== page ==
If you have recently been attending one of those NoSQL/BigData conferences you will have noticed that graph databases are usually considered as the eccentric cousin that nobody understands. I believe there's a bit of confusion about the role of GraphDBs inside of the NoSQL ecosystem and I have tried to expose the idea during this presentation.
First, GraphDBs are far from new. As Leonid Libkin put it at one of his latest talks, "Meet the new data model, same as the old data model": "In the (very) old days, the world of databases was a big mess, dominated by the network (graph) and the hierarchical (tree) data models. Then Codd came, and the nice and clean relational model replaced all others. In addition to providing a steady employment to many logicians, it created a $20.000.000.000/year business. We didn't live in that paradise for too long though: less than 30 years later, the world came back to the hierarchical model (XML). And graph-structured data hasn't been dormant all those years, although it was much less visible than the relational and XML models. Alberto Mendelzon was the first to revisit the graph model back in the 80s, and we saw more activity over the past 10-15 years."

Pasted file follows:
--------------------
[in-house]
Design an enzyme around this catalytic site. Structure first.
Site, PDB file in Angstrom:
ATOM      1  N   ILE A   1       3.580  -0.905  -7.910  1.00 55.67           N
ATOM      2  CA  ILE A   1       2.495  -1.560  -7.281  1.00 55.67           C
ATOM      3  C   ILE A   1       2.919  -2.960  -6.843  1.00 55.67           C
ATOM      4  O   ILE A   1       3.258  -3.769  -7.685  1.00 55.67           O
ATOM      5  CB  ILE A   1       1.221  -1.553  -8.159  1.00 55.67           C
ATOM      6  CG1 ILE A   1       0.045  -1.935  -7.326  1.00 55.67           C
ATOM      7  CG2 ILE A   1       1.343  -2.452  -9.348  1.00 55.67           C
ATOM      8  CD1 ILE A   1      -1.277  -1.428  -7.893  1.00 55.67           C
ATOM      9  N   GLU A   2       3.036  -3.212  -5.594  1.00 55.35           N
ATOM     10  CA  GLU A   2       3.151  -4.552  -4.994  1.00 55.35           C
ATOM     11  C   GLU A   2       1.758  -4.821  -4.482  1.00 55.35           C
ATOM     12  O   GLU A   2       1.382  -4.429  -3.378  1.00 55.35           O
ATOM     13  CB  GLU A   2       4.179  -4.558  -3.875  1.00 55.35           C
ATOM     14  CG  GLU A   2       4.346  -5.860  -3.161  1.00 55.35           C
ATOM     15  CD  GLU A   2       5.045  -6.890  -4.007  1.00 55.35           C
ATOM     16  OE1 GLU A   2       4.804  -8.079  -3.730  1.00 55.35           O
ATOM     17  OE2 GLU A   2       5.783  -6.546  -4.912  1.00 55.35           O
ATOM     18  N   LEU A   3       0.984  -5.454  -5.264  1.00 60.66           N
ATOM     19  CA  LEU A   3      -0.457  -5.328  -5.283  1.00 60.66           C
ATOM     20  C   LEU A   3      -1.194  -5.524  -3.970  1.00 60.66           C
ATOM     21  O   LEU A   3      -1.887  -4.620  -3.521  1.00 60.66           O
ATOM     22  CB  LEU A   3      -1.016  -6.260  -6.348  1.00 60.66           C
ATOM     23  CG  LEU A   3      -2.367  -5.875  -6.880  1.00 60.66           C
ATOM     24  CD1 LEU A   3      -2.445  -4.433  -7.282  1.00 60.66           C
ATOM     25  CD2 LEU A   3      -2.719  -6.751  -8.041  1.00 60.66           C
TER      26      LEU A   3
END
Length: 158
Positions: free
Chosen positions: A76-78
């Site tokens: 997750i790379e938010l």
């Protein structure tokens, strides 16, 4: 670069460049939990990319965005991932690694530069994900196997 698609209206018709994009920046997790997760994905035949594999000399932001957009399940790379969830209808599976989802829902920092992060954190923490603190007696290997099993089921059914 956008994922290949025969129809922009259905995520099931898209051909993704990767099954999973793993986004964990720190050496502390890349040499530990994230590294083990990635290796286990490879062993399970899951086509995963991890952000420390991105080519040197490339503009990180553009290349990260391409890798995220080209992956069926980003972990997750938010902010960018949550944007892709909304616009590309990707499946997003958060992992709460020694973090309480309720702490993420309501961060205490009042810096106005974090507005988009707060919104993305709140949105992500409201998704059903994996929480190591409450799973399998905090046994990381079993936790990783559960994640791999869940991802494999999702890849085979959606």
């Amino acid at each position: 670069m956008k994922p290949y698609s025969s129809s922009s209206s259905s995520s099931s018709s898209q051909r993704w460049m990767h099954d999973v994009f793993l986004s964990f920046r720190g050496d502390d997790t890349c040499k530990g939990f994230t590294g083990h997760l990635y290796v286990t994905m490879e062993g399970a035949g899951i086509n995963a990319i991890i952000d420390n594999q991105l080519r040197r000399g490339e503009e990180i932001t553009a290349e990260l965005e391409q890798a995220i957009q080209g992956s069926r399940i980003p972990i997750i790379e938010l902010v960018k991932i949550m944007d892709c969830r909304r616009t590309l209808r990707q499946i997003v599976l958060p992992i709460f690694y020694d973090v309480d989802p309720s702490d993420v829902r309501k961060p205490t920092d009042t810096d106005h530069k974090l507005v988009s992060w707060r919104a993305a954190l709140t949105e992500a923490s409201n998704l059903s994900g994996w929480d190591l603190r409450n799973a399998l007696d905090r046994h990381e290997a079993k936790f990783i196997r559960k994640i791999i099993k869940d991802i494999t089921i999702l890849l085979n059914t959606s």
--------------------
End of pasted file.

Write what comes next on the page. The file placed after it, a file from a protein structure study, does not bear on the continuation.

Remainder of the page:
Second, I believe you need to look at modern GraphDBs within their own ecosystem to fully understand them. Just for sake of analogy, and definitely lacking originality, I like calling this ecosystem NoSPARQL. Before nowadays GraphDBs like Neo4J, OrientDB, DEX, InfiniteGraph etc., we already had, and still have, a usable technology to handle graphs: Triplestores. These databases are thought and built with an Algebra-of-Sets-based mindset that is very similar to the one used for traditional Relational Databases. We have sets of triples, we join them, we put indices over them and we write queries with a language that is a dialect (meaning that you can translate SPARQL to SQL queries keeping their semantics) of SQL: SPARQL. And they have the same drawbacks.
Now, if we define the current NoSQL ecosystem as group of technologies that avoid join-based operations and queries based on a descriptive language, you will see that NoSPARQL is not such a bad name after all (at least as an analogy!). GraphDBs don't avoid relations but they embrace them in a way that they are not a computational problem anymore, by making them explicit instead of implicit through joins. To re-phrase M.Rodriguez, Graph Databases are those databases that allow the access to related data efficiently (in constant time, compared to more expensive tree-based operations, like those on which relational databases' indices are based on). So: no joins at query-time, but direct links at storage level.
Also, they provide a different way of accessing the data through an API that is at the lowest level, something like get(key), put(key, value), delete(key) for the NoSQL datastores, instead of SPARQL. Ok, it's still possible to query GraphDBs through SPARQL, in the end it is a descriptive language to describe a graph traversal, the operation of graph exploration, but it is not the only way.
Tinkerpop is a community that is building and feeding this ecosystem, with:
- Blueprints: a jdbc of graph databases.
- Pipes: a dataflow framework using process graphs.
- Gremlin: a graph-based programming language.
- Rexter: a REST-full graph shell.
- And others.
Go and check them out.